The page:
A few years back, chef Hamish Ingham changed his entire menu at Bar H, swapping produce-driven, breezy modern Australian for punchy, canteen-style Chinese food. This was no bad thing. Ingham, who spent many years running the kitchen at Billy Kwong, is an ace at Chinese food. But it meant all those excellent dishes we came to know and love at Bar H disappeared. Sigh no more, fellow fans. Ingham’s back in mod-Oz mode at the Woods, the Four Seasons’ new restaurant offering.
There’s an excellent team at work here, both in the kitchen (Joshua Niland from Est
is the Woods’ head chef) and on the floor. Ingham’s wife Rebecca Lines leads a star cast including Clint Hillery (Time to Vino) on the wines and Tara Sullivan. It’s hard to imagine Ingham and Lines in this huge, slick space off to the side of the hotel’s lobby, designed by Michael McCann. Especially when you look at the little pocket rocket that is Bar H, and the even cosier Billy Kwong.
A big focus on raw, roasted and pickled at the Woods means you might start with a plate of raw radishes from the Blue Mountains. Served with Iggy’s sourdough (Ingham and co will be baking their own bread in the coming months) and a blob of house-churned butter wrapped in muslin, there’s a mix of thin, finger-like breakfast radishes and those little pepper-bomb red round guys. It’s this kind of pared-back cooking that’s had us hooked on Ingham’s food from the get-go.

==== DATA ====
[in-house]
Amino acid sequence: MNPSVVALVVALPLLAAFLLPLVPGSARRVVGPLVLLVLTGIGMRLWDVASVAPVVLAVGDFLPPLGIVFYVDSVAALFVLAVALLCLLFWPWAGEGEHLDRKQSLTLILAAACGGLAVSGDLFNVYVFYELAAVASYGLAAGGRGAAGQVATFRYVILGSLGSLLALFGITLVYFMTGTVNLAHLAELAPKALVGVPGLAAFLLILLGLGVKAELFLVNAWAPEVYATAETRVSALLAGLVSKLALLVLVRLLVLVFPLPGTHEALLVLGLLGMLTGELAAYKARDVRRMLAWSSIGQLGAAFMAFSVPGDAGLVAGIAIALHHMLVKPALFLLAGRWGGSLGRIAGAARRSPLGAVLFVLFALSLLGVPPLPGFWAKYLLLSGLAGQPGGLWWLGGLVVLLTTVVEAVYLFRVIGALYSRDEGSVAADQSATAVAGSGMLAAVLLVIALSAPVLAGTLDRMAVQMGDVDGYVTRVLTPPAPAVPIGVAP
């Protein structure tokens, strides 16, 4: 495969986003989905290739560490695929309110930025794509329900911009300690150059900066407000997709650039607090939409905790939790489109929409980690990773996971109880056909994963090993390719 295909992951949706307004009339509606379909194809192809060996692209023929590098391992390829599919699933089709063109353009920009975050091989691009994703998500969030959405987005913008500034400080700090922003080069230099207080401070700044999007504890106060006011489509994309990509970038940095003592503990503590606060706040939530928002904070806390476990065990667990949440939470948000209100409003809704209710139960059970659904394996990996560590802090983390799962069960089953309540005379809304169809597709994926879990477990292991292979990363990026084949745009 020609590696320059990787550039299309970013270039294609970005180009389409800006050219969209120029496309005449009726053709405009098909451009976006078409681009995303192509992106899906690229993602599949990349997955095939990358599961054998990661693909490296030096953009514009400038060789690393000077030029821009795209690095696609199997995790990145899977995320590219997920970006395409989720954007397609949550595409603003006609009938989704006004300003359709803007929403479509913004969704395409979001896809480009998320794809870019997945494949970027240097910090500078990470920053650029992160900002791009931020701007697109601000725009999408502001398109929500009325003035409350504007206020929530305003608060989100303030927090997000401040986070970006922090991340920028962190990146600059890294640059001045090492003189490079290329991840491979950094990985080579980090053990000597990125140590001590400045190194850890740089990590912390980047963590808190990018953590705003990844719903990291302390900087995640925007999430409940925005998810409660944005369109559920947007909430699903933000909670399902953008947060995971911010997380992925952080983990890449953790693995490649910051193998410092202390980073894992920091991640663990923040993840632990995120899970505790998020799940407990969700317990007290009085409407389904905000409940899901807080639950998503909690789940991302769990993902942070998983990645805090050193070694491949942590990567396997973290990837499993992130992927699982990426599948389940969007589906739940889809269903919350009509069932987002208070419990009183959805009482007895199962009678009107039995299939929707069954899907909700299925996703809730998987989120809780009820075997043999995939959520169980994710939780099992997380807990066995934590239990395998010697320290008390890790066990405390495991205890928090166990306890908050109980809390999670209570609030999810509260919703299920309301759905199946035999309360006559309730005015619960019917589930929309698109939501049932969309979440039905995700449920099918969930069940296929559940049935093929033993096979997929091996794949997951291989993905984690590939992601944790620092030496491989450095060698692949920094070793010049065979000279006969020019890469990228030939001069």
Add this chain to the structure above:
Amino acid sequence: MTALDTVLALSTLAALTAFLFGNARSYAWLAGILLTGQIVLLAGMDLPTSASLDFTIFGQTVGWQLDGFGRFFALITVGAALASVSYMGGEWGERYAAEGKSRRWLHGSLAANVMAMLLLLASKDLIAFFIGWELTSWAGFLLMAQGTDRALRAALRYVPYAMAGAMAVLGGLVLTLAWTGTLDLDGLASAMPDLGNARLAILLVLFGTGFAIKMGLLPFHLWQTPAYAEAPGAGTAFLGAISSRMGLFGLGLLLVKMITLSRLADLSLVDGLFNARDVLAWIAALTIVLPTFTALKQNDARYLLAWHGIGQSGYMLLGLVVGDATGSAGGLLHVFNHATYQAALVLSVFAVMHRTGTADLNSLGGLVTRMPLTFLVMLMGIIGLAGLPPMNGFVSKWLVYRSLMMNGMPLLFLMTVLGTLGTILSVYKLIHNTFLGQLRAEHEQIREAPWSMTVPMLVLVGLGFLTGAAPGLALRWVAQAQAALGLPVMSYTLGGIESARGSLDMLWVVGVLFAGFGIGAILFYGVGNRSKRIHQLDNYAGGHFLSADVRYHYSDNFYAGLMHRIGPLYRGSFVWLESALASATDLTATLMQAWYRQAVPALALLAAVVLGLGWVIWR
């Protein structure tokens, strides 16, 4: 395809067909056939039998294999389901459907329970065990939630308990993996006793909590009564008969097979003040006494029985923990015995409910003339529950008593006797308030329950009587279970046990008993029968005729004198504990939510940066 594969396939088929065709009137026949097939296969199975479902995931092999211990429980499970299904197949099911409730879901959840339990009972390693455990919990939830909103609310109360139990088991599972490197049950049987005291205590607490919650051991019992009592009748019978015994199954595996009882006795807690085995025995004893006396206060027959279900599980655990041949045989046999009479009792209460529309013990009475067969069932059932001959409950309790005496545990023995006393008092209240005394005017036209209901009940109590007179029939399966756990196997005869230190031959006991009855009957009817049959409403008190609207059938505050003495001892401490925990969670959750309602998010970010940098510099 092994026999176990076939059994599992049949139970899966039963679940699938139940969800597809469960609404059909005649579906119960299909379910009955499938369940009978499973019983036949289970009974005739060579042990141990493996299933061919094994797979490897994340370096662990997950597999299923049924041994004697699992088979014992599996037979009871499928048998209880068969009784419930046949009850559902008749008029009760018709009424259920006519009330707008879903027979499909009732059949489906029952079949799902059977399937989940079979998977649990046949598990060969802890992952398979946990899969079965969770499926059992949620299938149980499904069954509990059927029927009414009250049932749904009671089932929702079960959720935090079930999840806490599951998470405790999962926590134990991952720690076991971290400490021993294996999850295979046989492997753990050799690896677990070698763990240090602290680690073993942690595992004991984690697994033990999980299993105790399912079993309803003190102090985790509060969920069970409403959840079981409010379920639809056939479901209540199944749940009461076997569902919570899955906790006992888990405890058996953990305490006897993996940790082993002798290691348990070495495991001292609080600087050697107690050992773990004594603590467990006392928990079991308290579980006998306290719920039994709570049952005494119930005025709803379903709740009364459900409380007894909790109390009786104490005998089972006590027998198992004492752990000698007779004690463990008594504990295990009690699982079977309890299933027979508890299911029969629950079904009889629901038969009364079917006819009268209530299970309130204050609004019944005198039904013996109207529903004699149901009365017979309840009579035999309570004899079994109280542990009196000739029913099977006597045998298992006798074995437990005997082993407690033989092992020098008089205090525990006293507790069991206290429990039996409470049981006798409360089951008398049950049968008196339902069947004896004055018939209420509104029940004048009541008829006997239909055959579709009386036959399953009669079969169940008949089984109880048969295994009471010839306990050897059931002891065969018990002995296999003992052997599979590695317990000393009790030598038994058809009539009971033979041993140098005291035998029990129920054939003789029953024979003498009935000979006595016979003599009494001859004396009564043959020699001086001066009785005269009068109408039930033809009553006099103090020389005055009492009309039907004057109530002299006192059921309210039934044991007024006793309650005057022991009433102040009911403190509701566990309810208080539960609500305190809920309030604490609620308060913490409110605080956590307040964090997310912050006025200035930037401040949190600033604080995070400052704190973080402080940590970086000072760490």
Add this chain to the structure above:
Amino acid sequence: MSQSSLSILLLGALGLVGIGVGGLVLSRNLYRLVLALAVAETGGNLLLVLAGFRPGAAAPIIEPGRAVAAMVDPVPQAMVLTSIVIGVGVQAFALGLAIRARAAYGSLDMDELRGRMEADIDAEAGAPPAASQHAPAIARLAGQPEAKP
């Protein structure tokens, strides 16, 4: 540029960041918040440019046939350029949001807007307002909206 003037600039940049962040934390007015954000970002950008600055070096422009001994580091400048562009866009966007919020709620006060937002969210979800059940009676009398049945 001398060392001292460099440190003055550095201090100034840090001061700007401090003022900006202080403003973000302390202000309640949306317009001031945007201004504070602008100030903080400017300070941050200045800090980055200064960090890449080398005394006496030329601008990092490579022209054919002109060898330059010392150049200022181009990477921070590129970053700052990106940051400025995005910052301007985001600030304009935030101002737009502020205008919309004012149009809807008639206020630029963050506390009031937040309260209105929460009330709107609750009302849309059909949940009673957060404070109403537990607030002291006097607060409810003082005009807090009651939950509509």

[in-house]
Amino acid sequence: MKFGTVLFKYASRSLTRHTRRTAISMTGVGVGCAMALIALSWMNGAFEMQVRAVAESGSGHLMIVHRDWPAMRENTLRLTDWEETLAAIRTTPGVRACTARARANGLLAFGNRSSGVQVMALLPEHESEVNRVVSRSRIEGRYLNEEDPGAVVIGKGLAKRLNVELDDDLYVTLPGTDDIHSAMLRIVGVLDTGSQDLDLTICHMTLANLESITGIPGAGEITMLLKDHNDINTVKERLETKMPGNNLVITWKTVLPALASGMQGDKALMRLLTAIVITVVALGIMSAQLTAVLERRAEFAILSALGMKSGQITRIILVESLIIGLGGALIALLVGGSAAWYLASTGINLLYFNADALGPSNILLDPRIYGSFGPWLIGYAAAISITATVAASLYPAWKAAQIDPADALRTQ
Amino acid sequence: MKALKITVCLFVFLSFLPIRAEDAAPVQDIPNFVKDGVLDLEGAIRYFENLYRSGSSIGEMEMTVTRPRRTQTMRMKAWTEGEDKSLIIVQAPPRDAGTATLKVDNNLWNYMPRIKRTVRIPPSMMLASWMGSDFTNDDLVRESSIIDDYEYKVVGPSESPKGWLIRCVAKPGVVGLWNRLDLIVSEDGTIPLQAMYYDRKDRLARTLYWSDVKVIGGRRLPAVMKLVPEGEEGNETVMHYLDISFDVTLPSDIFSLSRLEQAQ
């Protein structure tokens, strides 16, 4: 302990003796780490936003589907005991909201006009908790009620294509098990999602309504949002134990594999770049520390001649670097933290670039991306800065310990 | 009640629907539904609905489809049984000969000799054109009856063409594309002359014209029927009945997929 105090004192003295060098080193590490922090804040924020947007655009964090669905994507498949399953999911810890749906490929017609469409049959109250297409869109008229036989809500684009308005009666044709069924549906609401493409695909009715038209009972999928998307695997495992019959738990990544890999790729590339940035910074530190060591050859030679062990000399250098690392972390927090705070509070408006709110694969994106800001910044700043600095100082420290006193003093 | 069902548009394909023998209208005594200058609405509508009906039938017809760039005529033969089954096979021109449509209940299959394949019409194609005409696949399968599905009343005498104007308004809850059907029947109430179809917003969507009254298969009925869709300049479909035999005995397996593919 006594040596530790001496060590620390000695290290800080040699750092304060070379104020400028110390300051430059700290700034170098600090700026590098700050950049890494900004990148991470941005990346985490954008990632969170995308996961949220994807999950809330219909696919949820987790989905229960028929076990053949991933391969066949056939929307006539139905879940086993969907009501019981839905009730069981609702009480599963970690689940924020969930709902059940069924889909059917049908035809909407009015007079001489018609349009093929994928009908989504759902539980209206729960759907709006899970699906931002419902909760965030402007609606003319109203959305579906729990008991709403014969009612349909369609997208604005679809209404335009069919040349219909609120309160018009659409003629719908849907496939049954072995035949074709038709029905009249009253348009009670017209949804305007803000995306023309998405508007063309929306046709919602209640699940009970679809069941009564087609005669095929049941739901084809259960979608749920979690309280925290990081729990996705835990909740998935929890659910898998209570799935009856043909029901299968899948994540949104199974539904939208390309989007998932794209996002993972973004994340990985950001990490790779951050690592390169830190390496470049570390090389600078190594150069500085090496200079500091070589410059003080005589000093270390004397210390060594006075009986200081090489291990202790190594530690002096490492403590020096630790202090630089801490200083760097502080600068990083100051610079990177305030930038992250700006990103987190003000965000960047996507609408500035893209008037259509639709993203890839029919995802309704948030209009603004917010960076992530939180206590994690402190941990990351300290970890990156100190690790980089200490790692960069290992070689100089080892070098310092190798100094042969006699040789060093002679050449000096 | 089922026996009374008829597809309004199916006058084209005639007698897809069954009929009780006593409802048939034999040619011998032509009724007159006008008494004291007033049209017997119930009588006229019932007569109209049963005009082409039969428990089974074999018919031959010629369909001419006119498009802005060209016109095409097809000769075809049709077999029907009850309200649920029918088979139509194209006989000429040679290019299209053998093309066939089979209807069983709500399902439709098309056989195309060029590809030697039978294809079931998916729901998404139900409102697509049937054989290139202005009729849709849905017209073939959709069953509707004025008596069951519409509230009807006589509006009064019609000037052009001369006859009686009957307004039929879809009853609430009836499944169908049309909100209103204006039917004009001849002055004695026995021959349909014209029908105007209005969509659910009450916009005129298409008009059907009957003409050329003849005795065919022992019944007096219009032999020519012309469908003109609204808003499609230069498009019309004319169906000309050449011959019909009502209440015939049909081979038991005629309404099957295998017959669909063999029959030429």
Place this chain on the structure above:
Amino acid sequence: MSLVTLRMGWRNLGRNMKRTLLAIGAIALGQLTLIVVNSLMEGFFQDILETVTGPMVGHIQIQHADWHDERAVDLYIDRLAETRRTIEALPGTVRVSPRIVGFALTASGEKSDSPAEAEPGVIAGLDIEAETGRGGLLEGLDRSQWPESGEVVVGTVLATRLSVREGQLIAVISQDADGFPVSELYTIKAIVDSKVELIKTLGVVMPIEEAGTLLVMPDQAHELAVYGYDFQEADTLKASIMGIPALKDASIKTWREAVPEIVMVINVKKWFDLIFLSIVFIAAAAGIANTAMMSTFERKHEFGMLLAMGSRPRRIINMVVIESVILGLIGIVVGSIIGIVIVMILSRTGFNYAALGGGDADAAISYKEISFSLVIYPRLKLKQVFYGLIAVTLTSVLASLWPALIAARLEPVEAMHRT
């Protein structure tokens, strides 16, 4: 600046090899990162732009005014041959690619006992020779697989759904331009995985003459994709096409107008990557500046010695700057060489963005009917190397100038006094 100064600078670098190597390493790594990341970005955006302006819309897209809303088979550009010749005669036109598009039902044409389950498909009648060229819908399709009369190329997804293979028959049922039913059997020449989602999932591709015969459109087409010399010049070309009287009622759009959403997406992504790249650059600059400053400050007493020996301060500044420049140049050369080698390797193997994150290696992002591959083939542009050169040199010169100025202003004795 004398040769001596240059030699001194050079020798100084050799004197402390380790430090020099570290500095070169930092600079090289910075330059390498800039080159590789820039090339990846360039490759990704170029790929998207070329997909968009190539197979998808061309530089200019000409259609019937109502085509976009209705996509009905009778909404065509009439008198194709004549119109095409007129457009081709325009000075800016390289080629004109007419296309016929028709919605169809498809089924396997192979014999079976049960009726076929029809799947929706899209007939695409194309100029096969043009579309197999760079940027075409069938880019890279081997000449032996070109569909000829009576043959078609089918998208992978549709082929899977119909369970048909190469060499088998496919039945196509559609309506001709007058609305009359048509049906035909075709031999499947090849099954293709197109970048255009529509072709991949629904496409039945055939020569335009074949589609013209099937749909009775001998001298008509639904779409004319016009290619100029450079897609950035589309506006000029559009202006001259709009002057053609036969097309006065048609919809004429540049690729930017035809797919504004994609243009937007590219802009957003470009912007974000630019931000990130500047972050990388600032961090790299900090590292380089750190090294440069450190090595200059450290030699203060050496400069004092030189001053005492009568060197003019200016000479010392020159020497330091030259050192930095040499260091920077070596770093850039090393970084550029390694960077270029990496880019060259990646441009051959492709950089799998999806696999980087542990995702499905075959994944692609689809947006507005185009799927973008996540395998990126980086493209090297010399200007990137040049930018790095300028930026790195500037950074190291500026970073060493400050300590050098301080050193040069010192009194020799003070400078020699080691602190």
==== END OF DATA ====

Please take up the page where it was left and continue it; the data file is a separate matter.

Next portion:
Calamari grilled over a wood-fire of mallee, olive and apple wood comes out as a whole scored tube, sitting on a salad of its own tentacles, bitter greens, cured pork cheek sliced into thin, melt-in-your-mouth ribbons and pickled muntries – those tiny native Australian fruits that taste a little like a not-quite-ripe green apple. The calamari, sadly, is cool and gooey on the inside – a little extra time on the grill would make all the difference to an otherwise well conceived dish.
An entire section of the menu is cooked over that fire, including a whole-roasted blue swimmer crab. It’s meant to be shared between two, but you could eat it alone if you were feeling ambitious. It’s just a shame the flesh is cottony and wet as it’s pulled from the claws. It goes back unfinished. Luckily we’re also splitting a big hunk of dusty, gamy Coorong sirloin served on the bone and smothered with sweet, sticky and unctuous black garlic butter. Drag a side serve of Hasselback potatoes through the sweet, steaky butter for full-scale deliciousness.
Desserts are a definite highlight. A soft, spongy chocolate Swiss roll with cherries and a sesame crisp is a big win for chocolate fans, but it’s a scoop of whipped Jannei goat’s curd sweetened with sugar cane and served with a side of blackberries that gets our vote, for its cool, light creaminess. Oh, and it’s worth ordering a serve of little doughnuts if only for the injection of tart blackberry jam.
There’s plenty to recommend the Woods – it’s certainly a double-plus-hell-yeah for large-scale hotel dining – but for our time and dime, we’d rather be in the cosier Bar H.